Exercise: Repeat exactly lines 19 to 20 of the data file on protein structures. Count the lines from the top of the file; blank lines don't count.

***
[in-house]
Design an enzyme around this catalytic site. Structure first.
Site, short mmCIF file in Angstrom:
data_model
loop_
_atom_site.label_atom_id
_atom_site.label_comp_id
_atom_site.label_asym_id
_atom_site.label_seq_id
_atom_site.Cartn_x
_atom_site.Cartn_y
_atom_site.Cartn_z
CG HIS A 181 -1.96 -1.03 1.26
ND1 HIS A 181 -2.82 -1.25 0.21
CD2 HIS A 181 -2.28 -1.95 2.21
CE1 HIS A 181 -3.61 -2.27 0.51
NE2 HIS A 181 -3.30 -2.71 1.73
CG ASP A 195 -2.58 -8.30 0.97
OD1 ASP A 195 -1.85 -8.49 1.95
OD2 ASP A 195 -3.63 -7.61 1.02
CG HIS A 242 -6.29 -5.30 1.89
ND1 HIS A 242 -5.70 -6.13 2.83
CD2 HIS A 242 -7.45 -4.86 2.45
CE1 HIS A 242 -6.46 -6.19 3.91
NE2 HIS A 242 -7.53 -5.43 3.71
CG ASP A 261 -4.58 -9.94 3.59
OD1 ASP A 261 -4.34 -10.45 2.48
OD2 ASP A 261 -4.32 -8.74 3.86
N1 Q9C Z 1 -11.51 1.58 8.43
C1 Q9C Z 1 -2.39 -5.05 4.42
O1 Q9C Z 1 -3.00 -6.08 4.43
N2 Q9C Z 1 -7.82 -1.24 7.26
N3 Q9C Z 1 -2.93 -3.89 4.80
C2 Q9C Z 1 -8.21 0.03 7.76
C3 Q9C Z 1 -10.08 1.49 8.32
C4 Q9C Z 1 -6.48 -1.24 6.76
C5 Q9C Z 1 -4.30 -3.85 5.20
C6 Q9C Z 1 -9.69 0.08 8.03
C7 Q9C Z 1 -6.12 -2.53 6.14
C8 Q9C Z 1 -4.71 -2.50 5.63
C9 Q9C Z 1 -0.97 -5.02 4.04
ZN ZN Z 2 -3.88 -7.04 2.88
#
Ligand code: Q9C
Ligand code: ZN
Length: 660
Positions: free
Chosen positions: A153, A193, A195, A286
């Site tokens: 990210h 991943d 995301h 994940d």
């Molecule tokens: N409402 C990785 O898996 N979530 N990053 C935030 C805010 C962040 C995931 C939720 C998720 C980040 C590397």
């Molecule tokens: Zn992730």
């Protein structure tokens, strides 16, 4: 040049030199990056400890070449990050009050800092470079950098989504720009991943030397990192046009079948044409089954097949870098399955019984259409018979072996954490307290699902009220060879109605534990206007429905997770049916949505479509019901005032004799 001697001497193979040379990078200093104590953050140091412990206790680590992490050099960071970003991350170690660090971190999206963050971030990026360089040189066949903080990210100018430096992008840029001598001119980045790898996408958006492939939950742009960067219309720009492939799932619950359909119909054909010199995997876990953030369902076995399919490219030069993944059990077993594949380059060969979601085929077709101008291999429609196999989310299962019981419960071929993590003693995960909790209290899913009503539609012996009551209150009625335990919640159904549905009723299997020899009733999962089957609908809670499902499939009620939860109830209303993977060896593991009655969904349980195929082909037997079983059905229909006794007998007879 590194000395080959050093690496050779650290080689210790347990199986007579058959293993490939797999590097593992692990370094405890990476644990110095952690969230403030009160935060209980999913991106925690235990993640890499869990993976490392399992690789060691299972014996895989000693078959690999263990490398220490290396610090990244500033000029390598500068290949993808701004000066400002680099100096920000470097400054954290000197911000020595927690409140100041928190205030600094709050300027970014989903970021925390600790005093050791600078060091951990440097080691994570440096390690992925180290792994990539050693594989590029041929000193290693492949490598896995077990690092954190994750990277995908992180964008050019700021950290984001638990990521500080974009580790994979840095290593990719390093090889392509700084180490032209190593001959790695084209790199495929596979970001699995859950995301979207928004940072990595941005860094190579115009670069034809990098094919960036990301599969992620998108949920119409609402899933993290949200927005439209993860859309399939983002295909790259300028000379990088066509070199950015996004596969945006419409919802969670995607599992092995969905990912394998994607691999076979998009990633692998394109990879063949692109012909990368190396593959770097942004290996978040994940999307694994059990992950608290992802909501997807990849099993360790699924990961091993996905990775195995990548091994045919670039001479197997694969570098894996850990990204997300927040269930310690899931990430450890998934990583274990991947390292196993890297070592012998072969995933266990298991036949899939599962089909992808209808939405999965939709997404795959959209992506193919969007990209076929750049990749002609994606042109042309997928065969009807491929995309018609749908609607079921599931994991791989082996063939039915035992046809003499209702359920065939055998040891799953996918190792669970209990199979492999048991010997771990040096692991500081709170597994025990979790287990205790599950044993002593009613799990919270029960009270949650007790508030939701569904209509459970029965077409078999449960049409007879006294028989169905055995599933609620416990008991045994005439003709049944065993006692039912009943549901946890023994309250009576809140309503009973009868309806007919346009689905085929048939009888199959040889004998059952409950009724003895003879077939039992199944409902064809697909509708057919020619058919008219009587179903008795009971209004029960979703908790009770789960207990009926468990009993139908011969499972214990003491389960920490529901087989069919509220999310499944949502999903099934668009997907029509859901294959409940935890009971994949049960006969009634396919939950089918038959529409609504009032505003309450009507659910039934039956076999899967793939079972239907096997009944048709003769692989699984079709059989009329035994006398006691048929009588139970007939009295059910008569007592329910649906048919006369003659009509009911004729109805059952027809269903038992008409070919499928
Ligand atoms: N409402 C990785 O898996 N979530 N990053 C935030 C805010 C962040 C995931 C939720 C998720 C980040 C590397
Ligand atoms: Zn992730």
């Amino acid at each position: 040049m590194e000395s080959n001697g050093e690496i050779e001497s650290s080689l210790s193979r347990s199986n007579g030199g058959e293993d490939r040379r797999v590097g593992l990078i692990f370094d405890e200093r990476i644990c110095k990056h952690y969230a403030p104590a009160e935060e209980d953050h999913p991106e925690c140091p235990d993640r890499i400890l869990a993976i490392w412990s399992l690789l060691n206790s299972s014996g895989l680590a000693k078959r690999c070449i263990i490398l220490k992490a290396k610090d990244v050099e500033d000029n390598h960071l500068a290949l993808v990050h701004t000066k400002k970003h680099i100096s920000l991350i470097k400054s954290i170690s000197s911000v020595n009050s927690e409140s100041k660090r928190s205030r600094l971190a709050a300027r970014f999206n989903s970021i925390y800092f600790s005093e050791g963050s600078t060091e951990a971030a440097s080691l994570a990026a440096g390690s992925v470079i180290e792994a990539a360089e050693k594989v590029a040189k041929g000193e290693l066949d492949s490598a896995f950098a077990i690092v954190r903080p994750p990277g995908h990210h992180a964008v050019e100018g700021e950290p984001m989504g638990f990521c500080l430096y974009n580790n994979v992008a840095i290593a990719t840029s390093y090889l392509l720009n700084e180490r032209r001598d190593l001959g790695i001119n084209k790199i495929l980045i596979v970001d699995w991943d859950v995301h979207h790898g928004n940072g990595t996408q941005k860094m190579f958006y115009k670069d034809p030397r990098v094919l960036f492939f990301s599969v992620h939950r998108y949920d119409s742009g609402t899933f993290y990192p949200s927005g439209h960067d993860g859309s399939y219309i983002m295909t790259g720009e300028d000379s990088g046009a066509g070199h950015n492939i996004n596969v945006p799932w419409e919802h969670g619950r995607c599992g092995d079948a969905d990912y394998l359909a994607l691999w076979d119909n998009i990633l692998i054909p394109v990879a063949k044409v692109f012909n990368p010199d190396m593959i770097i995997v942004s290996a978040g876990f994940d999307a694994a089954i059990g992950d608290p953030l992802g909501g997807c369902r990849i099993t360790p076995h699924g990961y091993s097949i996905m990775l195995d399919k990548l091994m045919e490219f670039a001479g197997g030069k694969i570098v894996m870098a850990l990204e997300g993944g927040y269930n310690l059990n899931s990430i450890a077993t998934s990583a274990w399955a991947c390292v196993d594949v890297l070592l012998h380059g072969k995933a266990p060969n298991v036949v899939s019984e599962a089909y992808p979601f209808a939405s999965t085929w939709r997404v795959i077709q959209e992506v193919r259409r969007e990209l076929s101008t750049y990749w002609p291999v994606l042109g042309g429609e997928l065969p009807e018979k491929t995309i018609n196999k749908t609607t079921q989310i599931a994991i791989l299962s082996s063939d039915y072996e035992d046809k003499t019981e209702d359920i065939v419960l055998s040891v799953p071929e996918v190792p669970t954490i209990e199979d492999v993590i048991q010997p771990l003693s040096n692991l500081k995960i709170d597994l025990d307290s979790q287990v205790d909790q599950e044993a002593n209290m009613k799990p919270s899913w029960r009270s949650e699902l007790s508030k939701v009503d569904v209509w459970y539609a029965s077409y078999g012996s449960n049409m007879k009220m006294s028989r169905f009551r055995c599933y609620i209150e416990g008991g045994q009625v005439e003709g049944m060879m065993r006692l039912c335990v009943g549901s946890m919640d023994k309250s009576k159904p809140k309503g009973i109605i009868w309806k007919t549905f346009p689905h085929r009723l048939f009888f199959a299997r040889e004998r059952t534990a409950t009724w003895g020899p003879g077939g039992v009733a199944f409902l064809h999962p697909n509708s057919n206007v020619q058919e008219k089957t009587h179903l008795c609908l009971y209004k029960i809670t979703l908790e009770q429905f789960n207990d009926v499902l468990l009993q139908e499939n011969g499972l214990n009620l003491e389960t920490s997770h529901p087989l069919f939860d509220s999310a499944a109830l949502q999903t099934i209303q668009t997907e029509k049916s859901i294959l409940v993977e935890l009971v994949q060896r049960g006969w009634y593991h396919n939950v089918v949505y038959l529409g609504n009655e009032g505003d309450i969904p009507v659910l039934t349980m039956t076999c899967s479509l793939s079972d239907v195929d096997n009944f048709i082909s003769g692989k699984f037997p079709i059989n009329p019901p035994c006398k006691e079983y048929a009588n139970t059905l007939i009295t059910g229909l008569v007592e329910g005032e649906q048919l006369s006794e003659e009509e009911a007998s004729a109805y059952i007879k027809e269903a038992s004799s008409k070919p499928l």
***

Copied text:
OD1 ASP A 195 -1.85 -8.49 1.95
OD2 ASP A 195 -3.63 -7.61 1.02